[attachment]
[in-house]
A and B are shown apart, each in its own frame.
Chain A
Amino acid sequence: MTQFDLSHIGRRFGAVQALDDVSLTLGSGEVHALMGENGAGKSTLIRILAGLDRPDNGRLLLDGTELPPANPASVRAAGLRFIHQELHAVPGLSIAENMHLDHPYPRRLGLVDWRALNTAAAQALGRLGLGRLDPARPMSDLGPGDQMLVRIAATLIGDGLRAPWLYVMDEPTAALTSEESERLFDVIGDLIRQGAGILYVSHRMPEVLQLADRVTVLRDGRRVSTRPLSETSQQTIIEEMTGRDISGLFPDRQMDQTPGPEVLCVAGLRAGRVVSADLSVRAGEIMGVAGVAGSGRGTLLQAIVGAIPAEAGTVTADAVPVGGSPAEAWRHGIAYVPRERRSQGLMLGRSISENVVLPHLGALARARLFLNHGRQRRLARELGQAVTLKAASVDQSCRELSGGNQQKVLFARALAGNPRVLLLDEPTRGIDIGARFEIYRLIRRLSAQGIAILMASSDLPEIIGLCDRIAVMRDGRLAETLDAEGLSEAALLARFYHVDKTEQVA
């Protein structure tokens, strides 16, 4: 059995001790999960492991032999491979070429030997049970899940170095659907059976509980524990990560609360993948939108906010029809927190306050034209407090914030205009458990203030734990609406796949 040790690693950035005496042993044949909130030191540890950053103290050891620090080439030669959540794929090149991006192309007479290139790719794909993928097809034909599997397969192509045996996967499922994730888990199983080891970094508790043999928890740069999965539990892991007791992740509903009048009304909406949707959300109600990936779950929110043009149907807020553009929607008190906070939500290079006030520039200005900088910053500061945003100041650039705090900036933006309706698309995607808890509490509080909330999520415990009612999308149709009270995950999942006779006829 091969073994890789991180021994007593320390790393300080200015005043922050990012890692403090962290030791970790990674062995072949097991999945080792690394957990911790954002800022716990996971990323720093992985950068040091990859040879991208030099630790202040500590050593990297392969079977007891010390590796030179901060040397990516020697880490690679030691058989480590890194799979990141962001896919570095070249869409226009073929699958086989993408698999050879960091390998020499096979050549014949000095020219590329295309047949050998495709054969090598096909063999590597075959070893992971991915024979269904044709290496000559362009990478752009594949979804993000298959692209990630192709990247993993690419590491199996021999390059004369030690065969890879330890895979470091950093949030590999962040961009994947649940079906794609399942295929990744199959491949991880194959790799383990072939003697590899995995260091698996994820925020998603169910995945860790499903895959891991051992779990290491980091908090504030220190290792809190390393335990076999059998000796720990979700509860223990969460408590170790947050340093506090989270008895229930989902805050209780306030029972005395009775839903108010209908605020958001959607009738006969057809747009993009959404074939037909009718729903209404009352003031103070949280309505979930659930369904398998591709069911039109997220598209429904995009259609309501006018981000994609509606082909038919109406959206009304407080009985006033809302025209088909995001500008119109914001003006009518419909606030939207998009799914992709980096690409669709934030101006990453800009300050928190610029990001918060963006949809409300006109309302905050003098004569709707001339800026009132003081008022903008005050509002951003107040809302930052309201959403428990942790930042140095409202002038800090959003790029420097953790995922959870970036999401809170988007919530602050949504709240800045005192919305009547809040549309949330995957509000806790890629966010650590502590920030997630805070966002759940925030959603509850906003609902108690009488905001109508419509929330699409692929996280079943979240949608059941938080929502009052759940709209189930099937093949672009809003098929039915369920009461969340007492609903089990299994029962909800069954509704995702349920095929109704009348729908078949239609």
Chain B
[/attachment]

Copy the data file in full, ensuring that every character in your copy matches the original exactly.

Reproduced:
[in-house]
A and B are shown apart, each in its own frame.
Chain A
Amino acid sequence: MTQFDLSHIGRRFGAVQALDDVSLTLGSGEVHALMGENGAGKSTLIRILAGLDRPDNGRLLLDGTELPPANPASVRAAGLRFIHQELHAVPGLSIAENMHLDHPYPRRLGLVDWRALNTAAAQALGRLGLGRLDPARPMSDLGPGDQMLVRIAATLIGDGLRAPWLYVMDEPTAALTSEESERLFDVIGDLIRQGAGILYVSHRMPEVLQLADRVTVLRDGRRVSTRPLSETSQQTIIEEMTGRDISGLFPDRQMDQTPGPEVLCVAGLRAGRVVSADLSVRAGEIMGVAGVAGSGRGTLLQAIVGAIPAEAGTVTADAVPVGGSPAEAWRHGIAYVPRERRSQGLMLGRSISENVVLPHLGALARARLFLNHGRQRRLARELGQAVTLKAASVDQSCRELSGGNQQKVLFARALAGNPRVLLLDEPTRGIDIGARFEIYRLIRRLSAQGIAILMASSDLPEIIGLCDRIAVMRDGRLAETLDAEGLSEAALLARFYHVDKTEQVA
């Protein structure tokens, strides 16, 4: 059995001790999960492991032999491979070429030997049970899940170095659907059976509980524990990560609360993948939108906010029809927190306050034209407090914030205009458990203030734990609406796949 040790690693950035005496042993044949909130030191540890950053103290050891620090080439030669959540794929090149991006192309007479290139790719794909993928097809034909599997397969192509045996996967499922994730888990199983080891970094508790043999928890740069999965539990892991007791992740509903009048009304909406949707959300109600990936779950929110043009149907807020553009929607008190906070939500290079006030520039200005900088910053500061945003100041650039705090900036933006309706698309995607808890509490509080909330999520415990009612999308149709009270995950999942006779006829 091969073994890789991180021994007593320390790393300080200015005043922050990012890692403090962290030791970790990674062995072949097991999945080792690394957990911790954002800022716990996971990323720093992985950068040091990859040879991208030099630790202040500590050593990297392969079977007891010390590796030179901060040397990516020697880490690679030691058989480590890194799979990141962001896919570095070249869409226009073929699958086989993408698999050879960091390998020499096979050549014949000095020219590329295309047949050998495709054969090598096909063999590597075959070893992971991915024979269904044709290496000559362009990478752009594949979804993000298959692209990630192709990247993993690419590491199996021999390059004369030690065969890879330890895979470091950093949030590999962040961009994947649940079906794609399942295929990744199959491949991880194959790799383990072939003697590899995995260091698996994820925020998603169910995945860790499903895959891991051992779990290491980091908090504030220190290792809190390393335990076999059998000796720990979700509860223990969460408590170790947050340093506090989270008895229930989902805050209780306030029972005395009775839903108010209908605020958001959607009738006969057809747009993009959404074939037909009718729903209404009352003031103070949280309505979930659930369904398998591709069911039109997220598209429904995009259609309501006018981000994609509606082909038919109406959206009304407080009985006033809302025209088909995001500008119109914001003006009518419909606030939207998009799914992709980096690409669709934030101006990453800009300050928190610029990001918060963006949809409300006109309302905050003098004569709707001339800026009132003081008022903008005050509002951003107040809302930052309201959403428990942790930042140095409202002038800090959003790029420097953790995922959870970036999401809170988007919530602050949504709240800045005192919305009547809040549309949330995957509000806790890629966010650590502590920030997630805070966002759940925030959603509850906003609902108690009488905001109508419509929330699409692929996280079943979240949608059941938080929502009052759940709209189930099937093949672009809003098929039915369920009461969340007492609903089990299994029962909800069954509704995702349920095929109704009348729908078949239609």
Chain B